Docking of antizyme to ornithine decarboxylase and antizyme inhibitor using experimental mutant and double-mutant cycle data.


Ori Cohavi, Dror Tobi, Gideon Schreiber

Journal of Molecular Biology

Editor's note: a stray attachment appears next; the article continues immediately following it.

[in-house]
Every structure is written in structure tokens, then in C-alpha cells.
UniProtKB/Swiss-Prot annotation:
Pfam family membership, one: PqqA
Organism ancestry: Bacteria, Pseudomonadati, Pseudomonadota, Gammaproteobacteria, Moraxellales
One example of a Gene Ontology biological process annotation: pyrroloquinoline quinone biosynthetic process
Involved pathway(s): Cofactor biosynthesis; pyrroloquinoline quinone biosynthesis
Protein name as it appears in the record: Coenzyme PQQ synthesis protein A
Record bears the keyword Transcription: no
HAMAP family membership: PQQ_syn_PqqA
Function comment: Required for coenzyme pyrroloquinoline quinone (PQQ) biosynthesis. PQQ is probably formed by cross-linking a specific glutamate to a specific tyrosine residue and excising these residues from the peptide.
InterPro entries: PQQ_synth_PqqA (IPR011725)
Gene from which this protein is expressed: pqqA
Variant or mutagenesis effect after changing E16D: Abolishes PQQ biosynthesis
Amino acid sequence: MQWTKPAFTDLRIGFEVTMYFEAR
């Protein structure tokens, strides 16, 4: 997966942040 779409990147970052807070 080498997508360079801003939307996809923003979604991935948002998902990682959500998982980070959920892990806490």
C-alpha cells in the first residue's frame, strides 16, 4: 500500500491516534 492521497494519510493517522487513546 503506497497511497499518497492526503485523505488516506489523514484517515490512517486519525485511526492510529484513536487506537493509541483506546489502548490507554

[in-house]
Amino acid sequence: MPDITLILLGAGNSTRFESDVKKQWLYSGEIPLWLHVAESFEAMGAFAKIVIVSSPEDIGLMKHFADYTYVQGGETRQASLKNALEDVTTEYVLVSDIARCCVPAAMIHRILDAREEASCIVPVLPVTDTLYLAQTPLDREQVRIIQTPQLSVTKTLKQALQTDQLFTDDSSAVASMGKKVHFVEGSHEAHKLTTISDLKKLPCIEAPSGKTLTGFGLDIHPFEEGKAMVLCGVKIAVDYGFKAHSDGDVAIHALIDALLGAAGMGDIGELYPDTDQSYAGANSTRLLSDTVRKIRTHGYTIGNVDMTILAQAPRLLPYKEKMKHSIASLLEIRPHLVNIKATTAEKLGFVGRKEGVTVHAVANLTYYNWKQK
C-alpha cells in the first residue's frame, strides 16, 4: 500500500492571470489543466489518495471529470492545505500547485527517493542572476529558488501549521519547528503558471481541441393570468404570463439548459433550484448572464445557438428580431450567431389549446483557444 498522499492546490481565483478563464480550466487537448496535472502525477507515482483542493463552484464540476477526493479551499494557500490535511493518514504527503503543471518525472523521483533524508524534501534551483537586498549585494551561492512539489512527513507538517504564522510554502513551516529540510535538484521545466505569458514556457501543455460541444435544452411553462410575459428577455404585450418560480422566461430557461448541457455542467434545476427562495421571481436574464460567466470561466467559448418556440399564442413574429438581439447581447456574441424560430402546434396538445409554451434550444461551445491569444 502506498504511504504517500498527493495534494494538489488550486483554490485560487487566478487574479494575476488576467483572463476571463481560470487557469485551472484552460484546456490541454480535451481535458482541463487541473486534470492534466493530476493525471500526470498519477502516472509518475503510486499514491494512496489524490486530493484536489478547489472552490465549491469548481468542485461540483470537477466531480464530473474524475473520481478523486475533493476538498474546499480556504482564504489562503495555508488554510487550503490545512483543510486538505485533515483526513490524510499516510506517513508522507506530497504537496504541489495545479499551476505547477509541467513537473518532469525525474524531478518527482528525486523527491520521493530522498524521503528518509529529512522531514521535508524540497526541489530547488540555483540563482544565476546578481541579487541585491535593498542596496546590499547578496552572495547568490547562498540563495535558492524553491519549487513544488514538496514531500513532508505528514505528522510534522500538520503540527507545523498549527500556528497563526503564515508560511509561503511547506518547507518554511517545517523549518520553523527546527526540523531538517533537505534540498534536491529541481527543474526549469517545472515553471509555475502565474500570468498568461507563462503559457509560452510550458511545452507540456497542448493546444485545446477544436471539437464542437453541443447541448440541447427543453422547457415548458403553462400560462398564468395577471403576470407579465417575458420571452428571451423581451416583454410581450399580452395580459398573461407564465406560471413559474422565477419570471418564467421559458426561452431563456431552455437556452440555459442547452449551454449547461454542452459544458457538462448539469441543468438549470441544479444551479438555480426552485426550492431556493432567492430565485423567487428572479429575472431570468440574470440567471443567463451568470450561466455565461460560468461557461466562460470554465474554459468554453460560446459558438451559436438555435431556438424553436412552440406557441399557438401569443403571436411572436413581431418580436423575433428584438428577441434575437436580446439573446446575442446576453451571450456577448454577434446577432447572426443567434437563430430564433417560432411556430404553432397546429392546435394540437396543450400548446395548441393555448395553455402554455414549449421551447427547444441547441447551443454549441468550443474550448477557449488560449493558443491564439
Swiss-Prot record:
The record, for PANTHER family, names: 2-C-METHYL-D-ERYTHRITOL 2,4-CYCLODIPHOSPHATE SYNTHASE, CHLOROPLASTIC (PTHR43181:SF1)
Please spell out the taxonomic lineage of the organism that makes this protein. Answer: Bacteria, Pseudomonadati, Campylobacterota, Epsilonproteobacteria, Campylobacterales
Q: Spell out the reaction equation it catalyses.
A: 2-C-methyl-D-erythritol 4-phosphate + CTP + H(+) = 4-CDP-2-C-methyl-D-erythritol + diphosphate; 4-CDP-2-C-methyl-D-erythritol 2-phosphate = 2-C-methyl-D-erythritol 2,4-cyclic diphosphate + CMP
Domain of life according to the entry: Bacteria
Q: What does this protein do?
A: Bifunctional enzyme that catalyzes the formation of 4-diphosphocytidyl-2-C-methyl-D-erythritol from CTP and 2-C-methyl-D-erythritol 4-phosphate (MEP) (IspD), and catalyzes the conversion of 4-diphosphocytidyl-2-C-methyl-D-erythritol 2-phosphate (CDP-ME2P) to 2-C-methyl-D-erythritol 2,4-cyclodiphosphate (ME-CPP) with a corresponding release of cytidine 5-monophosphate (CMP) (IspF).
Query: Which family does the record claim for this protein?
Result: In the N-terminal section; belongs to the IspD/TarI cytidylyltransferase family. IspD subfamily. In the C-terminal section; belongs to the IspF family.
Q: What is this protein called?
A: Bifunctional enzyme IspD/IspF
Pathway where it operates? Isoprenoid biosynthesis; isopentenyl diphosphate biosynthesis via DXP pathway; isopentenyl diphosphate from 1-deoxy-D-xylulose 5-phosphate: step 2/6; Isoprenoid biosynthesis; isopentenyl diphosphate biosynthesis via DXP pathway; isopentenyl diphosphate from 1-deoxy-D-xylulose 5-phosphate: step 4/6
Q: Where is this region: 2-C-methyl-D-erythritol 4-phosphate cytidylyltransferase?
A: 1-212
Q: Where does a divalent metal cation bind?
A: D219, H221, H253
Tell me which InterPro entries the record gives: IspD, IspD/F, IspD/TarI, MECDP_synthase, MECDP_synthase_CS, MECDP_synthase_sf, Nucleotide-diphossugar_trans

Antizyme (Az) is a highly conserved key regulatory protein bearing a major role in regulating polyamine levels in the cell. It has the ability to bind and inhibit ornithine decarboxylase (ODC), targeting it for degradation. Az inhibitor (AzI) impairs the activity of Az. In this study, we mapped the binding sites of ODC and AzI on Az using Ala scan mutagenesis and generated models of the two complexes by constrained computational docking. In order to scan a large number of mutants in a short time, we developed a workflow combining high-throughput mutagenesis, small-scale parallel partial purification of His-tagged proteins and their immobilization on a tris-nitrilotriacetic-acid-coated surface plasmon resonance chip. This combination of techniques resulted in a significant reduction in time for production and measurement of large numbers of mutant proteins. The data-driven docking results suggest that both proteins occupy the same binding site on Az, with Az binding within a large groove in AzI and ODC. However, single-mutant data provide information concerning the location of the binding sites only, not on their relative orientations. Therefore, we generated a large number of double-mutant cycles between residues on Az and ODC and used the resulting interaction energies to restrict docking. The model of the complex is well defined and accounts for the mutant data generated here, and previously determined biochemical data for this system. Insights on the structure and function of the complexes, as well as general aspects of the method, are discussed.

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